posted on Nov, 7 2015 @ 07:59 AM
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It'll probably be stalled in a subcommittee like all the others. Not to be a negative Nancy or anything, but I've given up on the United States on being the first country to legalize marijuana. Politicians in this country are cowards and sheep.

I do like old Bernie though. I'd love for him to win, but I just don't see it happening. This country still has a 1950's attitude about socialism. It's sad.



posted on Nov, 11 2015 @ 01:30 PM
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I guess it's pretty clear who the socialists believe some of their biggest supporters are.



posted on Nov, 11 2015 @ 01:32 PM
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originally posted by: BrianFlanders
I guess it's pretty clear who the socialists believe some of their biggest supporters are.


So legalizing marijuana is a Socialist idea then?



posted on Nov, 11 2015 @ 11:51 PM
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originally posted by: Krazysh0t

originally posted by: BrianFlanders
I guess it's pretty clear who the socialists believe some of their biggest supporters are.


So legalizing marijuana is a Socialist idea then?


Oh please. Everyone knows it's always been the hippies and the potheads pushing socialism. It's like giving out free Bibles at a Republican convention. Or giving out free citizenship at a liberal convention. It's just base pandering.

The socialists know the potheads are their bread and butter. Always have been. The only thing I have against pot is it makes people stupid. If we ever needed fewer stupid people it's now.



posted on Nov, 12 2015 @ 06:44 AM
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a reply to: BrianFlanders

Um... More than just hippies and potheads support legalizing marijuana.

Majority Now Supports Legalizing Marijuana


The survey by the Pew Research Center, conducted March 13-17 among 1,501 adults, finds that young people are the most supportive of marijuana legalization. Fully 65% of Millennials –born since 1980 and now between 18 and 32 – favor legalizing the use of marijuana, up from just 36% in 2008. Yet there also has been a striking change in long-term attitudes among older generations, particularly Baby Boomers. Half (50%) of Boomers now favor legalizing marijuana, among the highest percentages ever. In 1978, 47% of Boomers favored legalizing marijuana, but support plummeted during the 1980s, reaching a low of 17% in 1990. Since 1994, however, the percentage of Boomers favoring marijuana legalization has doubled, from 24% to 50%. Generation X, born between 1965 and 1980, came of age in the 1990s when there was widespread opposition to legalizing marijuana. Support for marijuana legalization among Gen X also has risen dramatically – from just 28% in 1994 to 42% a decade later and 54% currently.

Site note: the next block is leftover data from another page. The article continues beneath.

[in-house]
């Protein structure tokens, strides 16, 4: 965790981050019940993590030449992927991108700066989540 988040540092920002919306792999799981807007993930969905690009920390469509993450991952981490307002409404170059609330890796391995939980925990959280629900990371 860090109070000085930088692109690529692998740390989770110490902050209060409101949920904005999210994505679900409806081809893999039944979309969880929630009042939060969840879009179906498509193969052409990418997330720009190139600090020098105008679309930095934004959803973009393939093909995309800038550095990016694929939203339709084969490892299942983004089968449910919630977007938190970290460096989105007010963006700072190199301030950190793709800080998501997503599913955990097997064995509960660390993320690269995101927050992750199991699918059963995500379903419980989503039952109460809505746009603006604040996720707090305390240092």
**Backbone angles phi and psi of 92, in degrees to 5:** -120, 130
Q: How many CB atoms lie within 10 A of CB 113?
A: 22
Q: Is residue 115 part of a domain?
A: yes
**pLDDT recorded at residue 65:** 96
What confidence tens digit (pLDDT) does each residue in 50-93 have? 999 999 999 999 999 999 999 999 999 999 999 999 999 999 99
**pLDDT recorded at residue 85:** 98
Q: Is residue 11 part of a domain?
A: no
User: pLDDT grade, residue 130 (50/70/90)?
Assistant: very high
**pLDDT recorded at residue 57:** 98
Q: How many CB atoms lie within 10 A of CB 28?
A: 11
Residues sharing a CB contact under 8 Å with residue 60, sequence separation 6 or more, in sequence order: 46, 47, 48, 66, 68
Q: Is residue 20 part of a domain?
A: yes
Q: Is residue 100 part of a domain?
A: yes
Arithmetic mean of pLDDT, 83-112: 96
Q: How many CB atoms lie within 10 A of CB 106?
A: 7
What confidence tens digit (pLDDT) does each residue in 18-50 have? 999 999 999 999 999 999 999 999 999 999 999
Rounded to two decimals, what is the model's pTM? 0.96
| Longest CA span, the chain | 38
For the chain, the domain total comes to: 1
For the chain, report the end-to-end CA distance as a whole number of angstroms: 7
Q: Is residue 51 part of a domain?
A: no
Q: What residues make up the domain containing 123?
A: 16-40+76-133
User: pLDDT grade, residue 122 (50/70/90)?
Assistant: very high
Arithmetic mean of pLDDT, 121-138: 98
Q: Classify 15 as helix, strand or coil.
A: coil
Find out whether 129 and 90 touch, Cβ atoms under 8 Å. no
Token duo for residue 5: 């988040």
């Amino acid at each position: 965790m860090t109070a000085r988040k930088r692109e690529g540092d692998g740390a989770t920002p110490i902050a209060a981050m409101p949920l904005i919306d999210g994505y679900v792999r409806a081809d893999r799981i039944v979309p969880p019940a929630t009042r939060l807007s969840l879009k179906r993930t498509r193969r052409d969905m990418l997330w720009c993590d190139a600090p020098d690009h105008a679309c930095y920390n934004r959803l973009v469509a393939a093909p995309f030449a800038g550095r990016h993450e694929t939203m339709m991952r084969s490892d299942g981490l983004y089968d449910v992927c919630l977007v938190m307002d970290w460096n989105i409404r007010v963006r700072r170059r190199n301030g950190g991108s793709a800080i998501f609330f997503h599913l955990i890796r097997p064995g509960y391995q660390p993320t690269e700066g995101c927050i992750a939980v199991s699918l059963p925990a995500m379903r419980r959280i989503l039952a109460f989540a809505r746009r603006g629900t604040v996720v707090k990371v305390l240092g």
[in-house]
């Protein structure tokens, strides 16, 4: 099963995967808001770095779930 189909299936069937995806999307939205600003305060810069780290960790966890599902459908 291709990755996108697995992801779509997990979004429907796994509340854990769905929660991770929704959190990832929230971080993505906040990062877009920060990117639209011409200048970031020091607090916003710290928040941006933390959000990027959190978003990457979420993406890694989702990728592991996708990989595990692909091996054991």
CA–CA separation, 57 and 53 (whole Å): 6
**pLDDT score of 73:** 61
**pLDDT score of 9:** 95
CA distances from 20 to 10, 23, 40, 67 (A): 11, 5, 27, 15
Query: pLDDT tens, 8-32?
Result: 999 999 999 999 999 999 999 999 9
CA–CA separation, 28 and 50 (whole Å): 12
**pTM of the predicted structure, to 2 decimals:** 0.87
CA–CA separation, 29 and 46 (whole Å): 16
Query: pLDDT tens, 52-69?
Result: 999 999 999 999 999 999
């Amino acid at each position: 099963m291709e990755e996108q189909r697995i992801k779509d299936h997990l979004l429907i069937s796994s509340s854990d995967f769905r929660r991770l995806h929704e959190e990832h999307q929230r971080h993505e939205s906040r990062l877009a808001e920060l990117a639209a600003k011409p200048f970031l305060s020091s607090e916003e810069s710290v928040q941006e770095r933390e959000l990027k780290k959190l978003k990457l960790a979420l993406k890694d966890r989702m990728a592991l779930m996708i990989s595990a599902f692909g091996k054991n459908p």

The only generation being sticks in the mud still are the silent generation, but even they are starting to come around.


The Silent Generation continues to be less supportive of marijuana legalization than younger age cohorts. But the percentage of Silents who favor legalization has nearly doubled –from 17% to 32% – since 2002.


Oh and before you try a partisan slant. Here's this:
63% of Republican Millennials favor marijuana legalization


Six-in-ten (63%) GOP Millennials say the use of marijuana should be made legal, while 35% say it should be illegal, according to our February 2014 survey. That level of support is higher than among Republican Generation Xers (47%) and Baby Boomers (38%), and much higher than among GOP members of the Silent generation (17%). (When we asked the question again in October, overall opinion was only slightly changed.)


Times are changing. Supporting marijuana legalization isn't a fringe movement anymore. It's mainstream. Just because you cannot accept that reality doesn't make it not true.
edit on 12-11-2015 by Krazysh0t because: (no reason given)



posted on Nov, 12 2015 @ 07:44 AM
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It's just funny how a lot of people always seem to line up the whole cannabis things as either non-smoking or smoking a lot....

Just like alcohol, this substance has a very nuanced crowd of users and abuses.

Heck, I like to smoke once or twice a year, but I would never start doing it twice a week, once a week or even twice a month if it became legal.

That's where the responsibility of the individual comes into play, and if you don't posses responsibility before legalization of cannabis, you didn't posses it before. It's nok like the substance takes anything away from you... it's all you...

The good thing would be, that we would have a more correct image of use and abuse. Heck, I'd be ok with having to register to buy in a shop, if it meant that some form of government could monitor people's usage on a precise level. I honestly believe that we need a similar system in regards to purchasing alcohol, as alcohol has way more consequences on society than cannabis has.
edit on 12/11/15 by flice because: (no reason given)



posted on Nov, 12 2015 @ 06:03 PM
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The numbers change as the paradigm has changed.

And the polls show it.

People of all demographics are speaking out now that the stigma of conversation has largly been removed.